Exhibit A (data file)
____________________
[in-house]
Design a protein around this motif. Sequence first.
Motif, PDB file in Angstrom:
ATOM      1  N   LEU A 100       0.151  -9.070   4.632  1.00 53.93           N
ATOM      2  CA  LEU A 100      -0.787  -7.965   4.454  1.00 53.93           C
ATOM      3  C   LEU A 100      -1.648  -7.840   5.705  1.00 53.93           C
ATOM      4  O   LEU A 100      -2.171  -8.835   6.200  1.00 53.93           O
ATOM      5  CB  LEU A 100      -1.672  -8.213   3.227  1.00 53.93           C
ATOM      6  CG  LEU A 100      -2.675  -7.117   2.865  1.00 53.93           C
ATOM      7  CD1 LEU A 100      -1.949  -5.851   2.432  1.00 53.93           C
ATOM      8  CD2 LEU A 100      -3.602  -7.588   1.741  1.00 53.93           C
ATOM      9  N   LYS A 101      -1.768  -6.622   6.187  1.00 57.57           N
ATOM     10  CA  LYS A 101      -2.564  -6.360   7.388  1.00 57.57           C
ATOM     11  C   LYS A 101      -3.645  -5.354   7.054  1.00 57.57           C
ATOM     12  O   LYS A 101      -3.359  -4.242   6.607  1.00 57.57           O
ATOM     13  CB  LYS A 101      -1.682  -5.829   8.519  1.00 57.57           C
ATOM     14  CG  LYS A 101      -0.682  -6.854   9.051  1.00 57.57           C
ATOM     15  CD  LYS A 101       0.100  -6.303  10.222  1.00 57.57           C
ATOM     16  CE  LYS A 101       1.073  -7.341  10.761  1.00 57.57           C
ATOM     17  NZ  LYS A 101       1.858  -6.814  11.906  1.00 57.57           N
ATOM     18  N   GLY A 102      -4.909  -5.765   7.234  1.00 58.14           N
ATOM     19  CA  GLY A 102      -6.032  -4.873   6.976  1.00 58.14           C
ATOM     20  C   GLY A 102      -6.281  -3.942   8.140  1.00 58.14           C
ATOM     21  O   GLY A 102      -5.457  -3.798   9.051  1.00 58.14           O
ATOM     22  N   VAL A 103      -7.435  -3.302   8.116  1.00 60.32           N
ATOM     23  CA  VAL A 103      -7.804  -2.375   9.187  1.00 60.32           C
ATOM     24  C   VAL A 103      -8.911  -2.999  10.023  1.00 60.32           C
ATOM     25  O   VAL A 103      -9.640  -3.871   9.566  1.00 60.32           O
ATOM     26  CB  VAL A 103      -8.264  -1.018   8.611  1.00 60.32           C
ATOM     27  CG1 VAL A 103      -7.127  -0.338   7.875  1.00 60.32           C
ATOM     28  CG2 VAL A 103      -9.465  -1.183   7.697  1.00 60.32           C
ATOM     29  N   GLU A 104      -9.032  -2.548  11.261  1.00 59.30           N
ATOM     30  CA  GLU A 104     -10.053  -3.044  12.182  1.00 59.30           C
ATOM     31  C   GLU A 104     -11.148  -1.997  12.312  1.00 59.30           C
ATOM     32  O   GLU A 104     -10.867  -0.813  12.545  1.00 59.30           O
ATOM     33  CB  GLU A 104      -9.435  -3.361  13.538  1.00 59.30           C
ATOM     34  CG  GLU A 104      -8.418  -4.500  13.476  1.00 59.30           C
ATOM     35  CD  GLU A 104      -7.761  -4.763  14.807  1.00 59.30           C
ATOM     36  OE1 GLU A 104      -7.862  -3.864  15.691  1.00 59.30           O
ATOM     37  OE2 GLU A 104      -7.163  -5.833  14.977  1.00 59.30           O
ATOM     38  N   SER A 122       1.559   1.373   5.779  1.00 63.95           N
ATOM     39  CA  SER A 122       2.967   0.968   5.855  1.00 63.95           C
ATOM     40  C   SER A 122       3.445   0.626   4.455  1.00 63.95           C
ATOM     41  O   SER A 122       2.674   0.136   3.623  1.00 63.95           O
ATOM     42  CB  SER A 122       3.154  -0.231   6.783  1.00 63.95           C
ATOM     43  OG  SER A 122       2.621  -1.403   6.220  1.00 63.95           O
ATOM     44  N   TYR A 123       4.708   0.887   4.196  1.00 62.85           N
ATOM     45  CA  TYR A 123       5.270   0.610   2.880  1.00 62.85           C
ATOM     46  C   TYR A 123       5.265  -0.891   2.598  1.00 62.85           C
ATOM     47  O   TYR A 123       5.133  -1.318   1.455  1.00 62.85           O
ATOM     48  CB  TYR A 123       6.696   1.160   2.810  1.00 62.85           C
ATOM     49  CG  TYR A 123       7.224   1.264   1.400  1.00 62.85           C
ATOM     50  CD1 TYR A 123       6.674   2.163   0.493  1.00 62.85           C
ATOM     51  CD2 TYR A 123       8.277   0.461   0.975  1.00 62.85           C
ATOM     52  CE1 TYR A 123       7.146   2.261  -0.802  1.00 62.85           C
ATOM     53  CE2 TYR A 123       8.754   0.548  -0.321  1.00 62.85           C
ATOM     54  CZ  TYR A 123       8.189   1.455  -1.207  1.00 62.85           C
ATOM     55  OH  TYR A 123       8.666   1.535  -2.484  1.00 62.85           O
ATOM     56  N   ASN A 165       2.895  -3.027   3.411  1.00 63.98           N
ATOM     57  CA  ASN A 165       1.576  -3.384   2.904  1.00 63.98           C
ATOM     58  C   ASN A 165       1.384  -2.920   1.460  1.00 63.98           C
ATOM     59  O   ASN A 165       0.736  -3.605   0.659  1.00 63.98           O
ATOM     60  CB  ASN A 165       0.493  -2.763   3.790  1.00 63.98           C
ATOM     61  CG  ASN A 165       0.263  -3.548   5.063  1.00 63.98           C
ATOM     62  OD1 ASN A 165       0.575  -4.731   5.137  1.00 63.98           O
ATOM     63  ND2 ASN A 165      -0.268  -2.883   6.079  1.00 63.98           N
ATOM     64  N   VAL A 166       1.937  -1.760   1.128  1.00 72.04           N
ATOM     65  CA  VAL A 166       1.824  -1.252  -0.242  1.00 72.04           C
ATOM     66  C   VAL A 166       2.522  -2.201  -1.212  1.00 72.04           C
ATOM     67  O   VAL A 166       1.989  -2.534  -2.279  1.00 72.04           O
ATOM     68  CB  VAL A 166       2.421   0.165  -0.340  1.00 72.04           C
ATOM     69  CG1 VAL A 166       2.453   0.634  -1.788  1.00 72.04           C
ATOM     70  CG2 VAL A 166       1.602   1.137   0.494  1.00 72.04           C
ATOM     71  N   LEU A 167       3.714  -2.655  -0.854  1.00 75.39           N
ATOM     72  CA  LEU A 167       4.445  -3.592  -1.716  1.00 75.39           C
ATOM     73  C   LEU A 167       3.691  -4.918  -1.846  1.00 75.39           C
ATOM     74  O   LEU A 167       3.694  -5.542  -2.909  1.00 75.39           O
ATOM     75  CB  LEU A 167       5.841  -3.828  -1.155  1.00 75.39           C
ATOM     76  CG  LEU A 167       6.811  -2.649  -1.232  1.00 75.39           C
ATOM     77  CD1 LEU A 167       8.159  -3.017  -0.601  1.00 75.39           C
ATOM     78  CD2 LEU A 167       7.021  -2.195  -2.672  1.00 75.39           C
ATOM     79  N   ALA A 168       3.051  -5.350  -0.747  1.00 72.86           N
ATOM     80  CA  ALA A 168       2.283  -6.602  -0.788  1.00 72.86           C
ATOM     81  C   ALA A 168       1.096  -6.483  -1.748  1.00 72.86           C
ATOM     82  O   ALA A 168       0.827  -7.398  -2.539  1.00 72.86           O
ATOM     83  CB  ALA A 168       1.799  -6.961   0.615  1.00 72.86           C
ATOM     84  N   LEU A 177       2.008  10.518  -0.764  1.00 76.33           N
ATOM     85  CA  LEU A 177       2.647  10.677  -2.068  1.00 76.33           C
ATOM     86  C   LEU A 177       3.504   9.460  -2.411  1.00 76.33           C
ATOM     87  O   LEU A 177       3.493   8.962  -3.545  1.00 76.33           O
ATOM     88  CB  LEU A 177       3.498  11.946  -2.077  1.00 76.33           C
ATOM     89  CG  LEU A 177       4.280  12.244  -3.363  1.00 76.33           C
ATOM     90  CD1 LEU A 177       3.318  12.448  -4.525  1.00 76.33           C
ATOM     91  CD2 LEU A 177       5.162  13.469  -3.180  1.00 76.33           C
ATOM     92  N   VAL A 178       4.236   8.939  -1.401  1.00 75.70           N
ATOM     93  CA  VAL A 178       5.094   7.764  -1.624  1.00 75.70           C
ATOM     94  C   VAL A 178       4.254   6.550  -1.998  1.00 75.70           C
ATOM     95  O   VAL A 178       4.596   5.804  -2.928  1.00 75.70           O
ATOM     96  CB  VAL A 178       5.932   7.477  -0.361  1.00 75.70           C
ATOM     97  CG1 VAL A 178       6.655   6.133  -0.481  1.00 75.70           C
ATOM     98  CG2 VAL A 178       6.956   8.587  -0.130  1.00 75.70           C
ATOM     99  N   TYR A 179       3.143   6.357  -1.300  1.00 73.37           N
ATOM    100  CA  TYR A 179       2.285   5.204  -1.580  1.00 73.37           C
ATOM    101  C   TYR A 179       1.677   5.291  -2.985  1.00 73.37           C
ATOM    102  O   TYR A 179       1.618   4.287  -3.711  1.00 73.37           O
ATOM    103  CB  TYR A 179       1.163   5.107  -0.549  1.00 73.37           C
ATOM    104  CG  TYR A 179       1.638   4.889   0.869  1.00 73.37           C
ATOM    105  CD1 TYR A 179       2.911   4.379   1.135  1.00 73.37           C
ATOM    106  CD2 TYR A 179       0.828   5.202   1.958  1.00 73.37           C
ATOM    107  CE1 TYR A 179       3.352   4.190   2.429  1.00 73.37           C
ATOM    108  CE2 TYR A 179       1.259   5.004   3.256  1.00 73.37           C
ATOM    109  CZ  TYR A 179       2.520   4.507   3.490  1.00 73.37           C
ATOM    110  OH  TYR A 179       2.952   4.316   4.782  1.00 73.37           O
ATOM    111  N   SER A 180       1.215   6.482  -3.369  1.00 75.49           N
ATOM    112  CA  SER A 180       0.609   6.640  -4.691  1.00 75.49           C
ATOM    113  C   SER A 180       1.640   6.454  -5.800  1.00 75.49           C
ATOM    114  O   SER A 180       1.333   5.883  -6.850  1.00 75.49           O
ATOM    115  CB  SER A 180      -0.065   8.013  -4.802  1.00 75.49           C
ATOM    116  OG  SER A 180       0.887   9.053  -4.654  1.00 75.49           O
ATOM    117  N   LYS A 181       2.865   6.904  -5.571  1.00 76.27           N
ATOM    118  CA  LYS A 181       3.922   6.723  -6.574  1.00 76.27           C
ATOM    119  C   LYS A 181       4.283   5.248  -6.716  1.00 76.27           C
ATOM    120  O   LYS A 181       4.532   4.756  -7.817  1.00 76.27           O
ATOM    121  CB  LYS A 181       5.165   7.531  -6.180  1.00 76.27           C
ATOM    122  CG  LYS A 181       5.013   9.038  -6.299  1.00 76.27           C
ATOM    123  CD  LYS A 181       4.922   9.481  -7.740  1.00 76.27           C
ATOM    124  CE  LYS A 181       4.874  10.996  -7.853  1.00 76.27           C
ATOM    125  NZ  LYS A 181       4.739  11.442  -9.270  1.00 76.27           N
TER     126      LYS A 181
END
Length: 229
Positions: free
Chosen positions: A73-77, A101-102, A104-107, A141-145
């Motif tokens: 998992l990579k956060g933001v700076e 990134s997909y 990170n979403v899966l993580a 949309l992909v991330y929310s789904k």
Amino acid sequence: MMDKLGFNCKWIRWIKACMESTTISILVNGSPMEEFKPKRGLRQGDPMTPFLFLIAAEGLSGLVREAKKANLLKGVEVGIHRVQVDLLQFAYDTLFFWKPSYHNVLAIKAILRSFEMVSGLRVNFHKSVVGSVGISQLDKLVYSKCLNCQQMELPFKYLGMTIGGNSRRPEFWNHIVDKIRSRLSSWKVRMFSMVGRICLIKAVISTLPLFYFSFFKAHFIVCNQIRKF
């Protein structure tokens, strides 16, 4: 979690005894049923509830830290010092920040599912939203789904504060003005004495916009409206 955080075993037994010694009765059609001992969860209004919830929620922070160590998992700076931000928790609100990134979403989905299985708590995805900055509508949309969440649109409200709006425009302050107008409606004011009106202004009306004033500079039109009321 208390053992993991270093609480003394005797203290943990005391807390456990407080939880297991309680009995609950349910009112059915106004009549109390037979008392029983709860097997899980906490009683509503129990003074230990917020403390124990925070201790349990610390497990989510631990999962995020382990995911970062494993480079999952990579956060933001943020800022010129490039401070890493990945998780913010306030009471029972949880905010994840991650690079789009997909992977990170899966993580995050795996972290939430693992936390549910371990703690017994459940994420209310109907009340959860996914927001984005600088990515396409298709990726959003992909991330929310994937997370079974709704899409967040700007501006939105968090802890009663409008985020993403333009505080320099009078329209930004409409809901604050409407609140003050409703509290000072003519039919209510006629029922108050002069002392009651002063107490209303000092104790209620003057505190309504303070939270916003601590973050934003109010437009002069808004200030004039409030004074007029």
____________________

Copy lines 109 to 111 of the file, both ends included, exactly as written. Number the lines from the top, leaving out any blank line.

ATOM    106  CD2 TYR A 179       0.828   5.202   1.958  1.00 73.37           C
ATOM    107  CE1 TYR A 179       3.352   4.190   2.429  1.00 73.37           C
ATOM    108  CE2 TYR A 179       1.259   5.004   3.256  1.00 73.37           C